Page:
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To honour Lung Cancer Awareness Month this November, we look at the history of the campaign, the many causes and risk factors for lung cancer, and what you can do about them.

Why is November Lung Cancer Awareness Month?

Lung Cancer Awareness Month has been celebrated each November since 1990 and has become one of the most significant cancer awareness days in the calendar. That’s no surprise when you consider that lung cancer is the world’s most common form of cancer, with 46,000 new cases diagnosed in the UK alone each year.

The month-long awareness campaign is the brainchild of the Roy Castle Lung Cancer Foundation, which aims to “ensure everyone diagnosed with lung cancer can live well with the disease for as long as possible.”

The Foundation takes its name from entertainer Roy Castle, who sadly passed away from Lung Cancer in 1994 but helped to drastically raise the profile of the disease and the cause in the months before his death.

Lung Cancer Awareness Month aims to encourage people with the signs of lung cancer to recognise them and do something about it by visiting their doctor – while there is still hope of a successful outcome.

So, what are those signs?

Signs and symptoms of lung cancer

The main signs and symptoms of lung cancer include:

  • A persistent or escalating cough that lasts for three weeks or more
  • Breathlessness
  • Repeat chest infections
  • Tiredness
  • Aches and pains when breathing or coughing
  • Coughing up blood or blood in phlegm
  • Lack of appetite
  • Unexplained weight loss

Some of the less common ones, meanwhile, include:

  • Chest or shoulder pain
  • A hoarse voice
  • Wheezing
  • Facial or neck swelling
  • Difficulty swallowing food or even liquids
  • Swelling of the fingertips (otherwise known as finger clubbing)

Of course, many of these symptoms could relate to other, more minor conditions – or can be easily misdiagnosed as a sign of one of those more minor conditions. To work out if you should visit your GP, it therefore helps to know whether or not you might have been exposed to one of the common causes of lung cancer.

How can you develop lung cancer?

man welding

There are many causes of lung cancer – some of which we covered in our recent blog for World Lung Day. They include:

  • Smoking (and passive smoking)
  • Diesel and petrol fumes
  • Bad self-care: poor diet and a general lack of regular exercise
  • Plus, exposure to asbestos, radon gas and other occupational chemicals that can include carcinogens

The nature of exposure to these causes – and combinations of them – often directly impacts the nature of a lung cancer diagnosis. The good news is that if caught early enough, some different forms of lung cancer can be treated and eradicated entirely. And for those with an incurable form, treatments have come a long way since the passing of Roy Castle.

How to treat lung cancer

Treatment for lung cancer depends on the type of cancer present in a person’s lungs. Doctors place these into one of two groups:

Treatments themselves can include surgerychemotherapy and radiotherapy, while options to improve a person’s length and quality of life at the later stages of lung cancer include targeted therapies and immunotherapies.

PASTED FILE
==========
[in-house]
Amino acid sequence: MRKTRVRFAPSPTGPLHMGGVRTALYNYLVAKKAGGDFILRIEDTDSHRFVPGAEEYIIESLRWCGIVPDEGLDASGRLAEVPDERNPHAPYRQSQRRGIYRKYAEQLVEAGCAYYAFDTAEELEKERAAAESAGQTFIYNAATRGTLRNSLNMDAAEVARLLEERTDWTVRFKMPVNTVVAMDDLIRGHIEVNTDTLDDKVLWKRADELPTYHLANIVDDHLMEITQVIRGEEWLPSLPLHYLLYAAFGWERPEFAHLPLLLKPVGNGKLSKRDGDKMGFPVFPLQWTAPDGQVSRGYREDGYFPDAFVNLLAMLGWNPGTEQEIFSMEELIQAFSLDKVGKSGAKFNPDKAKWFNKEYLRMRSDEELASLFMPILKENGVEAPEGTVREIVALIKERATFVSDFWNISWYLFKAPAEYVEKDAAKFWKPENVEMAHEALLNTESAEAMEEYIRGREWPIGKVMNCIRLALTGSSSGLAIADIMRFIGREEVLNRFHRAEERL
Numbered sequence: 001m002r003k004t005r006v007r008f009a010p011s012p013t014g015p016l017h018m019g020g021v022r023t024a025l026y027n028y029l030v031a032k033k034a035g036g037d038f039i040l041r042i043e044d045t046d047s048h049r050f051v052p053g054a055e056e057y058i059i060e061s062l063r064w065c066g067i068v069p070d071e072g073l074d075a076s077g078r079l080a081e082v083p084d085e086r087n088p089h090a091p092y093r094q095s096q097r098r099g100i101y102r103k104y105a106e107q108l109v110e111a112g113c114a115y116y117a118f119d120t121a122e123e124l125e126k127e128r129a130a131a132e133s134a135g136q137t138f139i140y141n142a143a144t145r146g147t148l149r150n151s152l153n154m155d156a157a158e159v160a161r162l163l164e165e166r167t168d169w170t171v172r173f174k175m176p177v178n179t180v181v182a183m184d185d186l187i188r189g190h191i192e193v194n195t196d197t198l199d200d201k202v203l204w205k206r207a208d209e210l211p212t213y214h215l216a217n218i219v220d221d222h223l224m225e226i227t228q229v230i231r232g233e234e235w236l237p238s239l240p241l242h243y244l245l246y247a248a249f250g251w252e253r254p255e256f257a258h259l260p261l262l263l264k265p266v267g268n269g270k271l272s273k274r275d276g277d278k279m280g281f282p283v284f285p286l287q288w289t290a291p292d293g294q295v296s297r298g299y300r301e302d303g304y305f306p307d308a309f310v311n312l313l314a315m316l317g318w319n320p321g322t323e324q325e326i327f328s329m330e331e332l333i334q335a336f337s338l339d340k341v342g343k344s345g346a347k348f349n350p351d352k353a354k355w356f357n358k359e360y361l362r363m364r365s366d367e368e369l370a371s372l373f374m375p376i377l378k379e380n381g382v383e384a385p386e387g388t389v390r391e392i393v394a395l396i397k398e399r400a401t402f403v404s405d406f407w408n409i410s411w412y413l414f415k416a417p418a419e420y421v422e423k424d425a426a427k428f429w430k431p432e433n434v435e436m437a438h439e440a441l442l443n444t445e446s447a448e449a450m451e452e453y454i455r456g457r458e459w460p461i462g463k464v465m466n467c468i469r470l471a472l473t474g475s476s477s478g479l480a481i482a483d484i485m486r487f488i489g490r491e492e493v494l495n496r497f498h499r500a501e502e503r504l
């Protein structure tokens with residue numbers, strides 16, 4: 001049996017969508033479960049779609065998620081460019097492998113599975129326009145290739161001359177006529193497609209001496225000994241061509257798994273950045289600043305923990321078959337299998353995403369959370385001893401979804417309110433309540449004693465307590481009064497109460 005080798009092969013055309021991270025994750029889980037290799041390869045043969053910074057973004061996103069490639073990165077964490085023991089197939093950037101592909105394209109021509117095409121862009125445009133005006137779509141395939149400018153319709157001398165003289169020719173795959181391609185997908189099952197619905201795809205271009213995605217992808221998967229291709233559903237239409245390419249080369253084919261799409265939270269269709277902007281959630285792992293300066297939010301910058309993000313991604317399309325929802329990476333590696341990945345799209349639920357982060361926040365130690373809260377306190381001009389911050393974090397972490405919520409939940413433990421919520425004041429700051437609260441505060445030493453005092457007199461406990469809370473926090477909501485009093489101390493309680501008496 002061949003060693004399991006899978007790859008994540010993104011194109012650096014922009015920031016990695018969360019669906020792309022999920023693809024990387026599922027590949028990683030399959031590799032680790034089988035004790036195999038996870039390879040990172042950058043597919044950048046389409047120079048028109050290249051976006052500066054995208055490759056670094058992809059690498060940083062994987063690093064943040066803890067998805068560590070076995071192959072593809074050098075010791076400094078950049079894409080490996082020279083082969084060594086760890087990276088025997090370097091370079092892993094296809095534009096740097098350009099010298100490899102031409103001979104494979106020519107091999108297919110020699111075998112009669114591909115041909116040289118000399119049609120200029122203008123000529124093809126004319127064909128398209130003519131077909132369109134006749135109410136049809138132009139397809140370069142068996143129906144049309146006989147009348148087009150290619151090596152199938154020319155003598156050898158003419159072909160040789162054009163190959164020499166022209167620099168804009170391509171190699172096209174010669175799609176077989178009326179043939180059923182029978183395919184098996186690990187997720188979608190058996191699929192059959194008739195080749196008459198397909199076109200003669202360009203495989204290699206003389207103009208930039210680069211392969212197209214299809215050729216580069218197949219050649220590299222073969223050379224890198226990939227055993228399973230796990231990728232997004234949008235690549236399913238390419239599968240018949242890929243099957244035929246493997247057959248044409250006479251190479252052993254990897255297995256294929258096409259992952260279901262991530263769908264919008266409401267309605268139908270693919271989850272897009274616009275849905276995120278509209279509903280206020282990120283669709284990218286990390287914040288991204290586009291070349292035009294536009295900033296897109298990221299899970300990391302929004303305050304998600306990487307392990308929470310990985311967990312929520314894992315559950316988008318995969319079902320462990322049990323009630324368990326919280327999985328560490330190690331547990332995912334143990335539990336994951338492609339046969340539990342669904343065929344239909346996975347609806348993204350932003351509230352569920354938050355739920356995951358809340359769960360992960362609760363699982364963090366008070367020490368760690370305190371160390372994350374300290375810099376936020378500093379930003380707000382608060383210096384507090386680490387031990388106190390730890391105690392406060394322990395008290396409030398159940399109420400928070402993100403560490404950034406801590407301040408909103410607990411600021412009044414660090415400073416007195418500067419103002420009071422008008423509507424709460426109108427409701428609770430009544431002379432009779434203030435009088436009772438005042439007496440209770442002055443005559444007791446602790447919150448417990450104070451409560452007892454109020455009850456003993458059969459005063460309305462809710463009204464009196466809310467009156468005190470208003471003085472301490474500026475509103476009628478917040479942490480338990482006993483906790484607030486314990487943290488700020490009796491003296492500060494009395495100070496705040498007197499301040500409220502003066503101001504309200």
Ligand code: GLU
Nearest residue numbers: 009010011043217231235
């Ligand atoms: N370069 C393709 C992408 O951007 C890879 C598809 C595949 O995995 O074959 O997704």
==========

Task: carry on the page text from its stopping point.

Each lung cancer diagnosis is as individual as the person diagnosed, so it’s important to weigh up treatment options alongside relevant medical history, and work with doctors to devise the best treatment plan possible, as early as possible.

For more on treatment options, visit this page on the Roy Castle Foundation website.

How to avoid developing lung cancer

While lung cancer can be treated if caught quickly enough, it’s a universal truth that prevention is always better than cure.

Thankfully, there are several things you can do on a personal level to significantly lower your chances of developing lung cancer:

  • Stop smoking and avoid second-hand smoke
  • Eat a balanced diet containing foods with lots of healthy vitamins and minerals
  • Drink less than 14 units of alcohol on a regular basis
  • Exercise regularly
  • Be mindful of air pollution and do your bit to reduce your carbon footprint
  • Check your home for radon.

man in hard hat going through checklistAt the business level, meanwhile, companies can ensure their workforce is protected in any and all settings that might expose them to hazardous chemicals contained in vapours, fumes, dusts and similar.

If you run one such business, then you can do this by:

  • Conducting a COSHH assessment to make sure your workspace complies with the Health and Safety Executive’s Control of Substances Hazardous to Health directives
  • Identifying hazards and those in your employ most at risk of exposure to them
  • Supplying appropriate personal protective equipment (PPE) to those who need it, along with providing appropriate training on how to use it
  • Providing suitable, COSHH-compliant at-source local exhaust ventilation (LEV) systems that effectively clean the air, removing harmful contaminants from employees’ breathing zones before they can inhale them.

Protecting your workforce against cancer-causing contaminates

Here at VODEX, we’re committed to helping businesses protect their people against the kinds of chemicals and carcinogens that can enter the breathing zone and cause lung cancer.

In particular, we offer a range of LEV systems for a variety of industries, that can drastically reduce your people’s chances of developing workplace-caused lung cancer.

To find the right solution for your business, use our navigation menu above and navigate to your industry, or get in touch with us today to discuss your needs.

Further reading

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